||The term idÃ©ologie was originally used by the French Enlightenment philosopher Destutt de Tracy in 1796 both to describe and to recommend a new, rigorous \'science of ideas\' which, \'by overcoming religious and metaphysical prejudices, may serve as a new basis for public education\'. It was thus profoundly \'positive\' (cf. positivism) and only assumed a negative and indeed pejorative meaning in the course of the nineteenth century. In this transformation of meaning the writings of Karl Marx (1818-83) were instrumental: \'With Marx, the concept of ideology came of age\' (Larrain, 1979).
The concept subsequently took on a number of different meanings, so that it is impossible to provide a single definition (within historical materialism alone, see Eagleton, 1991). In the most general terms, most writers who use the term do so in one of two conventional senses, each of which bears the marks of its eighteenth- and nineteenth-century origins. Thompson (1981) distinguished them thus:
(a)Â \'the lattice of ideas which permeate the social order, constituting the collective consciousness of an epoch\', i.e. a generalized system of ideas; and(b)Â \'a consciousness which is in some way â€œfalseâ€ [and] which fails to grasp the real conditions of human existence\', i.e. a distorted system of ideas.In Thompson\'s view, neither is satisfactory. He objects to the first \'because it is too wide : by anchoring ideology in the very nature of consciousness, it conceals the specificity of the ideological phenomenon and renders the latter unsurpassable\'. He objects to the second \'because it is too narrow: by defining ideology in opposition to science, it precludes the possibility that science itself may be ideological\' (cf. Harvey, 1974: \'The use of a scientific method is of necessity founded in ideology, and any claim to be ideology-free is of necessity an ideological claim\'; see also Gregory, 1978).
Thompson (1981, 1984) preferred to treat ideology as \'a system of signification which facilitates the pursuit of particular interests\' and which sustains specific \'relations of domination\' (cf. power). This formulation drew on critical social theory and took advantage of the so-called \'linguistic turn\' that was prominent in philosophy and social theory in the 1980s:
For increasingly it has been realized that ideas do not drift through the social world like clouds in a summer sky, occasionally divulging their contents with a clap of thunder and a flash of light. Rather, ideas circulate in the social world as utterances, as expressions, as words which are spoken or inscribed. Hence to study ideology is, in some part and in some way, to study language in the social world. It is to study the ways in which language is used in everyday social life, from the most mundane encounter between friends and family members to the most privileged forms of political debate (Thompson, 1984).The reflection on language in use â€” on linguistic practices, language-games and social contexts (see pragmatism) â€” is significant because it strongly suggests that it is a mistake to think of ideology as merely \'illusion\':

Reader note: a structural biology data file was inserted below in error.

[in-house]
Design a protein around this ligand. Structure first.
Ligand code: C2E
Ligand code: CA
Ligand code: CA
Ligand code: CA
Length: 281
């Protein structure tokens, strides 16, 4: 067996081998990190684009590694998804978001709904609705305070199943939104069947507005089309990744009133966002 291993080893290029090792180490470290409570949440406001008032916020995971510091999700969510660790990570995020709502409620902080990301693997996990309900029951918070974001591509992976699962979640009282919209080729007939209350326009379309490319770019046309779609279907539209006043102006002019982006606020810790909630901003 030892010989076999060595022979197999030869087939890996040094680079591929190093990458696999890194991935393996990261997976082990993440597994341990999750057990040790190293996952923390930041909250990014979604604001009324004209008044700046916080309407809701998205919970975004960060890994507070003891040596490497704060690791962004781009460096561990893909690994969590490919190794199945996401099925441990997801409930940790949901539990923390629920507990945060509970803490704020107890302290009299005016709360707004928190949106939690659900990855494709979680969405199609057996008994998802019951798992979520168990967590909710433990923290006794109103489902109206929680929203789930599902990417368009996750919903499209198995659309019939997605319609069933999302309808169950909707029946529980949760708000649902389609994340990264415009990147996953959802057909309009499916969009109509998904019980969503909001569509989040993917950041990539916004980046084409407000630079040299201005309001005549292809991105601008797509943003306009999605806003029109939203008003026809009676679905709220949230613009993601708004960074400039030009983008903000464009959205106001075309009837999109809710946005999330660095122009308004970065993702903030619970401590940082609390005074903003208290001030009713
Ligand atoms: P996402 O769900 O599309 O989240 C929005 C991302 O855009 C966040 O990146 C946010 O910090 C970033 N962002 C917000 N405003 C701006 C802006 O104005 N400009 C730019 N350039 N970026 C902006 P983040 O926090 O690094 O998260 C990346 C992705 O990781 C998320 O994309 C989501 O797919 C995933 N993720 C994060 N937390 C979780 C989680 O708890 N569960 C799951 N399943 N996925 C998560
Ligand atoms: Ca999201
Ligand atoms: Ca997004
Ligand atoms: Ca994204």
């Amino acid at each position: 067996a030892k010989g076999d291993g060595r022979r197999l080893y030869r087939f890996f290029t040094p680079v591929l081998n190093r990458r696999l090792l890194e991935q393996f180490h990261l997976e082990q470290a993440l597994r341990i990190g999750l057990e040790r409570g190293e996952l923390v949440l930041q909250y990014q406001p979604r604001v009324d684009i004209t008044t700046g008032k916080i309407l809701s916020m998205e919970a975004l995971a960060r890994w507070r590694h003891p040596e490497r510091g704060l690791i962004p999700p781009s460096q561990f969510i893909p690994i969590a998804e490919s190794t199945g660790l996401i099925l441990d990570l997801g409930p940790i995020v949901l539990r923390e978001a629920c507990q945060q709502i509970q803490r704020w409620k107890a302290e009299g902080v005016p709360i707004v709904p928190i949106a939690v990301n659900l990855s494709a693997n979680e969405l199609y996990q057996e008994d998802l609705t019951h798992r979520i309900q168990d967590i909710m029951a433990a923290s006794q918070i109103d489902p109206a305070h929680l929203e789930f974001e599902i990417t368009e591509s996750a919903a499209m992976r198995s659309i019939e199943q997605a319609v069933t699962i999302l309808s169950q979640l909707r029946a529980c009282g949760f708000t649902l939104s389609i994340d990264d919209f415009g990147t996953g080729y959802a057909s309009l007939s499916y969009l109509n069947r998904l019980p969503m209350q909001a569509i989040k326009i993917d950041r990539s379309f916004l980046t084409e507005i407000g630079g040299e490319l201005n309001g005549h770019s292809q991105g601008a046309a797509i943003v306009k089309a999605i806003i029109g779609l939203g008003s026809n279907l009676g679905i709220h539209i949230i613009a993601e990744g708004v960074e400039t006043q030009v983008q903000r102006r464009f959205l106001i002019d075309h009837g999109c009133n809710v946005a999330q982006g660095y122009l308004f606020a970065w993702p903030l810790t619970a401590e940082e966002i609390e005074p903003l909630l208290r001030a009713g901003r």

Once we recognize that ideology operates through language and that language is a medium of social action, we must also acknowledge that ideology is partially constitutive of what, in our societies, \'is real\'. Ideology is not a pale image of the social world but is part of that world, a creative and constitutive element of our social lives (Thompson, 1984).This much was widely acknowledged by geographers in the 1980s. There was more or less general agreement on the need to avoid those versions of hegemony and the \'dominant ideology thesis\' that over-emphasize the degree of coherence, integration and stability of societies (Abercrombie et al., 1980), and of the importance of recovering the multiple ideologies which inform and are invigorated by diverse social struggles (Eyles, 1981). The interest in ideology extended beyond spoken and written forms of communication to an examination of the constellations of power inscribed in visual images, including maps and paintings (see cartography), and in the forms and folds of the cultural landscape itself.